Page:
Farm Talk

April 8, 2014

Controlling weeds and brush in pastures


CNHI

Parsons, KS — I’ve always wondered about the saying “The grass is always greener on the other side of the fence”. That may be true, but what about the weeds and brush on that side of the fence, are they greener too? Spring has arrived, and along with it, the time has come to start thinking about weed and brush control in our range and pasture land.

The first step towards weed and brush control is simply understanding what species you have and want to control. Two possible pasture weed candidates, musk thistle and sericea lespedeza, are classified as noxious weeds in Kansas. The Kansas Noxious Weed Law first enacted in 1937 requires landowners to control and eradicate weeds on lands they own or manage. Each state decides which plants are classified as noxious which can cause some confusion. Sericea, for example, is not listed as noxious in Arkansas, Missouri, or Oklahoma.

Musk thistles have deeply lobed, hairless leaves that are dark green with a silver gray leaf margin. Musk thistles can be difficult to observe in the spring because they are in the rosette stage, a prone growing condition that they remain in until bolting occurs. Bolting occurs when the plant extends its flowering stalk upward. Once the flower stalk is extended, the plan is readily observed, especially when the pink to dark purple flower develops. Chemical control of musk thistle occurs best before bolting and works best when the temperature is between 70 and 90 degrees Fahrenheit. A wide variety of herbicides are available to control musk thistle. In many counties, the noxious weed department has chemicals available to help control those noxious weeds.

Sericea lespedeza is a perennial legume that is actually considered a crop in some of the United States and labelled a noxious weed by Kansas. One of the reasons it is listed is that it can be difficult to control. Also, once established, sericea reduces, or even eliminates, the surrounding vegetation. The plant itself has an erect stem with somewhat woody stems. The leaves are actually made of three leaflets very close to the main stem. Complicating control is the longevity of the seed, which can remain for reportedly 20 years, or even more. There are some chemical control options for Sericea lespedeza. The old standby for sericea control is an application of the active ingredient Triclopyr (i.e. Remedy) during the actively growing vegetative stages in June or even flowering in late July and August followed up by a spraying of the active ingredient Metsulfuron (i.e. Escort). There are additional chemical control options available as well and, since it is a noxious in Kansas, contact your county weed department.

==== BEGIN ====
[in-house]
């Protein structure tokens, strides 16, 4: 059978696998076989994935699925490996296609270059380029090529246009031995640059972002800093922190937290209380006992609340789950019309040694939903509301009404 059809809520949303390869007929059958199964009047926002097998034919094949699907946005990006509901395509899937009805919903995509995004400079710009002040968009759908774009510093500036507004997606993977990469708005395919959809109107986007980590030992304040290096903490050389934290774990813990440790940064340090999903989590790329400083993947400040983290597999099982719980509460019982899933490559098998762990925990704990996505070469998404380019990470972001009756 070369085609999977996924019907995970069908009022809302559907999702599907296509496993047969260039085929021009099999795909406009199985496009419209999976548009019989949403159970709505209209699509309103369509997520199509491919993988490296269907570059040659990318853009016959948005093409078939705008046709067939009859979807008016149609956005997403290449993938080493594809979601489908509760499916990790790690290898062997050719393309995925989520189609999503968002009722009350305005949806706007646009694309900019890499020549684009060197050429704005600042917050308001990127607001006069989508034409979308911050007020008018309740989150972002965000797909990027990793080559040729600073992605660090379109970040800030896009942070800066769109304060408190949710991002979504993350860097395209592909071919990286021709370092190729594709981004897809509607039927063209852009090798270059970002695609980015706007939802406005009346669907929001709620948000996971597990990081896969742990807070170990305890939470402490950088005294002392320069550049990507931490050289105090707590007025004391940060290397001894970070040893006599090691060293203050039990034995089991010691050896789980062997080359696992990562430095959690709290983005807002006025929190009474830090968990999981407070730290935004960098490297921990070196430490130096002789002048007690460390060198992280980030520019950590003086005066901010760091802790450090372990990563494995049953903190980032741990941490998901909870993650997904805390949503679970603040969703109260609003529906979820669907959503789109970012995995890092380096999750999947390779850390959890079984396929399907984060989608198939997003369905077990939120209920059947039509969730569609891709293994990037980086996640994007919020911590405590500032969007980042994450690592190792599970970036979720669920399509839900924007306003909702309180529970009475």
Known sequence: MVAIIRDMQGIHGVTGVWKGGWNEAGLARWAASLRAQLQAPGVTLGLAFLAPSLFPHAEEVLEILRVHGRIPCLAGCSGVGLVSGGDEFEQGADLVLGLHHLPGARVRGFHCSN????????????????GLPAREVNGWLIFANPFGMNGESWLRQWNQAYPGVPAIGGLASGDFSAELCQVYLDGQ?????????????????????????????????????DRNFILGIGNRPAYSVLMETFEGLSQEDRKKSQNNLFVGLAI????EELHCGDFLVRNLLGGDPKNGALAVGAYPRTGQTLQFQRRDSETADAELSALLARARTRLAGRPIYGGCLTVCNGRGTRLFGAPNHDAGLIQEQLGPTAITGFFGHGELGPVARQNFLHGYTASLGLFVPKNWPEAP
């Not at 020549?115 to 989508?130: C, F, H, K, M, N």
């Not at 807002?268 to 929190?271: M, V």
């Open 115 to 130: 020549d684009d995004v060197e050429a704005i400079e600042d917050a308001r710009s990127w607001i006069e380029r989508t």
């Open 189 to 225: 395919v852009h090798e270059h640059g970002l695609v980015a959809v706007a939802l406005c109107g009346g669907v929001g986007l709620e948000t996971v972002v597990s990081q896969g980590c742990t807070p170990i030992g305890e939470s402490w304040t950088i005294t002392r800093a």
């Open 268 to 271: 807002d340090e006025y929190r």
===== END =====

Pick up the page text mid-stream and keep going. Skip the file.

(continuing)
Noxious weeds are not the only issue in pastures in our area. Brush can be a problem, and, if left alone can take over pastures. Locust trees, for example, can cause some issues. If you have a private pesticide applicators license, the active ingredient Picloram (i.e. Tordon 22K) can be applied foliarly. If you do not have a private pesticide license, a general use active ingredient called Aminopyralid (i.e. Milestone) can be applied. Either of these should be applied when the locust tree leaves are fully expanded in late spring.

Eastern red cedar can be another issue in our pastures. Ideally, mechanically cutting cedars below the lowest branch is recommended. If chemical control is preferred, the active ingredient Picloram (i.e. Tordon 22K) can be used. Burning can control cedars as well. Just as a reminder, there is no need to treat the stump of a cut cedar since it will not resprout. Other trees, including hedge, elm, and mulberry, do require a chemical stump treatment if mechanically removed.

As in all spray situations, make sure you read and follow the label instructions. If you have questions or would like more information, please call me at the office 620-724-8233, or email me at jcoltrain@ksu.edu, or visit the Wildcat Extension District website at www. wildcatdistrict.ksu.edu.